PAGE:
What's Cool In Road Cycling

PEZ Bookshelf: Eat Bike Cook

It is said that there are people who live to eat and others who eat to live and for some of us enough cycling means we can eat whatever we want. Sure, maybe pro racers might be driven to the extremes of weighing their food but just as training methods have advanced in the last decades so too has the idea that food for active people is more than “fuel,” and can be tasty and colourful as well as a nourishing power source. “Eat Bike Cook” is a wonderful little book that really is about the joys of riding and the pleasures of eating, with an original viewpoint.

eat bike cook

The origin of “Eat Bike Cook” is in the idea of amateur racer Kitty Pemberton-Platt that food around the bike is indeed “much more than fuel; it’s raw and human connection, baked-in effort followed by fulfillment. Communal meals and good conversation after a ride—whether on a petrol station forecourt on in a café—can instantly silence our internal chatter and steady our minds to focus on the present.” This led her to design a series of “Food for Sport” illustrations, “visualizing the menu choices of female cyclists.”

eat bike cook

The originality of “Eat Bike Cook” is that female focus and how it is organized. As in some of the other sports cookbooks we have reviewed, the book is divided into sections, from the basics of nutrition to pre-ride, during ride, and post-ride recipes. However, this is not a book where you turn to the recipes first. Rather, these are really food diaries that begin with a first-person account by a female cyclist of a particular ride and the kinds of food she consumed for that day. For example, Canadian Alison Jackson describes a 140 km gravel ride in Alberta, along with her food choices and useful advice. This page is followed by one of Ms. Pemberton-Platt’s drawings, a visual map of those foods, then an actual recipe (Banana Cinnamon Pancakes) and an excellent full-page photo of said pancakes. A whole lot is covered here food-wise in a flexible way: buildable wraps, buildable salads, buildable smoothies all are present. Although one of the riders profiled admits to enjoying a gin and tonic after a ride, “Eat Bike Cook” is sadly reticent on the subject of beer.

eat bike cook

The cyclists profiled in the book are a fair cross-section, ranging from a few professional road racers to amateur time-triallists, road enthusiasts, and off-roaders, in age from 22 to 46, with the majority in their early 30s. Their food suggestions have been turned into 40 workable recipes by food writer and cook Fi Buchanan—and, yes, we have tested some of them and the Apricot Heaven Granola Bars will be a permanent part of our food repertoire!–but as excellent as these are the strength of “Eat Bike Cook” is in the diary entries. There are two reasons for this: we generally don’t read much about amateurs doing sportive rides and we generally hear nothing from women cyclists. Women are surely riding out there but the male side dominates the literature—whether in race accounts or even cycling cookbooks/nutrition guides. Here in “Eat Bike Cook” we have the kinds of rides that we (at least the non-pros and non-fanatics amongst us) actually do: a 100 km riding in rolling hills; a crit race after work; a 3 hour ride on the weekend with 1000 m altitude gain; the Manchester-to-London Rapha Ride; training rides…oh, and the 150 km World Championships Road Race in Harrogate! And a 5 day stage race in Asia. And who would not be intrigued by the 200 km off-road Sussex Mystery Tour?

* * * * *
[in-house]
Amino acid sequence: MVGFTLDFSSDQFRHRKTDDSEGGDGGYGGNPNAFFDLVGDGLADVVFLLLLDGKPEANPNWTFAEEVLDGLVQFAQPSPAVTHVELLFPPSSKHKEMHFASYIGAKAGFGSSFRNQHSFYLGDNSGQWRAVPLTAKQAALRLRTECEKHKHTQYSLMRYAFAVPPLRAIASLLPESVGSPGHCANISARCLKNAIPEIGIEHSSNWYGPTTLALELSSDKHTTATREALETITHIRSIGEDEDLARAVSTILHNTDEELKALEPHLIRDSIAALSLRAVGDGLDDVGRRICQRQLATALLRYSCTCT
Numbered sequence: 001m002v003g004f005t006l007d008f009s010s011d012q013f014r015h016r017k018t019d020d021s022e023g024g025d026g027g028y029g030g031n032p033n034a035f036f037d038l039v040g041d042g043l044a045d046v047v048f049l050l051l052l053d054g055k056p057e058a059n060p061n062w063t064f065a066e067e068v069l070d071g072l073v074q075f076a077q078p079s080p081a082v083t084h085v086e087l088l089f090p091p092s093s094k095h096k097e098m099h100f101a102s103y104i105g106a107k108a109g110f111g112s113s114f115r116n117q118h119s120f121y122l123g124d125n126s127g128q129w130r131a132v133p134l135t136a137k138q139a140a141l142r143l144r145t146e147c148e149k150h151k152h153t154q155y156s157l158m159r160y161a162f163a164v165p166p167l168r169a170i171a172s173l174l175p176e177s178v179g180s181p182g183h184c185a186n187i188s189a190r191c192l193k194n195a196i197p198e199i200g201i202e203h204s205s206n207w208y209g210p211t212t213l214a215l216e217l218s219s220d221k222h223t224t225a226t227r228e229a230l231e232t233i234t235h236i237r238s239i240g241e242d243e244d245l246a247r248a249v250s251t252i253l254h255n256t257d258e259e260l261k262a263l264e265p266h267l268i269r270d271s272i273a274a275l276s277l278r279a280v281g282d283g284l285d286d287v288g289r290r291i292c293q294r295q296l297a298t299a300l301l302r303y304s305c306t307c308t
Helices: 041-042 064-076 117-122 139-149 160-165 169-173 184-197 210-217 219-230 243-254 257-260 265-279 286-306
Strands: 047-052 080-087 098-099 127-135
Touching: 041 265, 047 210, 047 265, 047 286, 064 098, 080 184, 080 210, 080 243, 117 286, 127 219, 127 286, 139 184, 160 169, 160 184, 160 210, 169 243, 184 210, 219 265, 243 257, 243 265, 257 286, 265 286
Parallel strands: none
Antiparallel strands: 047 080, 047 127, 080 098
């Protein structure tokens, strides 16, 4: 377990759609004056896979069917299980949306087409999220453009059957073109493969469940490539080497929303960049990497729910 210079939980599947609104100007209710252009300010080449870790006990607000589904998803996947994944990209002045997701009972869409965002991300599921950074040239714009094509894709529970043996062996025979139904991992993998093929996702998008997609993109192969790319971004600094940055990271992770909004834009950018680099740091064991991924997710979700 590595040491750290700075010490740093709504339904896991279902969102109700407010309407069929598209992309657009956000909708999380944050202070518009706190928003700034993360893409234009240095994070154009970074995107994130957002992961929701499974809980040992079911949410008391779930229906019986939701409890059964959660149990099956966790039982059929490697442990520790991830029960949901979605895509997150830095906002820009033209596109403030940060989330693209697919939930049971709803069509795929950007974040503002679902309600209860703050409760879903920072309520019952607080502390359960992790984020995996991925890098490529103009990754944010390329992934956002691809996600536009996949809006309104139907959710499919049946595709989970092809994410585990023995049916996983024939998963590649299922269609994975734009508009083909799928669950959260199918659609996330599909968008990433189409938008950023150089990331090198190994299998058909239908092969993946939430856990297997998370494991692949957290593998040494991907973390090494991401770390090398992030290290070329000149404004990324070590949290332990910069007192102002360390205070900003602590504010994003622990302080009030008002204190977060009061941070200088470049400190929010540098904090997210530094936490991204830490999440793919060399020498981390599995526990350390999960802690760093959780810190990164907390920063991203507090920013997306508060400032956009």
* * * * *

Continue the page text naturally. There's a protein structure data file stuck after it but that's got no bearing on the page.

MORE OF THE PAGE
eat bike cook

It is fun to look into the cycling lives of others and perhaps this very approachable book will encourage not only the kitchen-shy but also women who are getting into cycling. From the standpoint of design, “Eat Bike Cook” has been well considered and Kitty Pemberton-Platt’s drawings are full of wit and charm. An attractive and original work, “Eat Bike Cook,” with its irresistible combination of cycling stories, great recipes and useful advice (“Don’t forget to zip up your pockets. Snack loss is sad.”), would be at home in any cycling library. And we will all love oatmeal and nut butters even more!

eat bike cook

“Eat Bike Cook”, illustrated by Kitty Pemberton-Platt and with recipes by Fi Buchanan
With a foreword by Lizzy Banks and photography by Alan Donaldson
144 pp., illustrated, softbound
Kitchen Press, Dundee, United Kingdom, 2021
ISBN 978-1-9163165-4-6
Suggested Price: GBP 10
For more information (and recipes!): https://kitchenpress.bigcartel.com/product/eat-bike-cook.

  • You can buy “Eat Bike Cook”, illustrated by Kitty Pemberton-Platt and with recipes by Fi Buchanan from AMAZON.COM HERE.

kitty
Kitty in the kitchen

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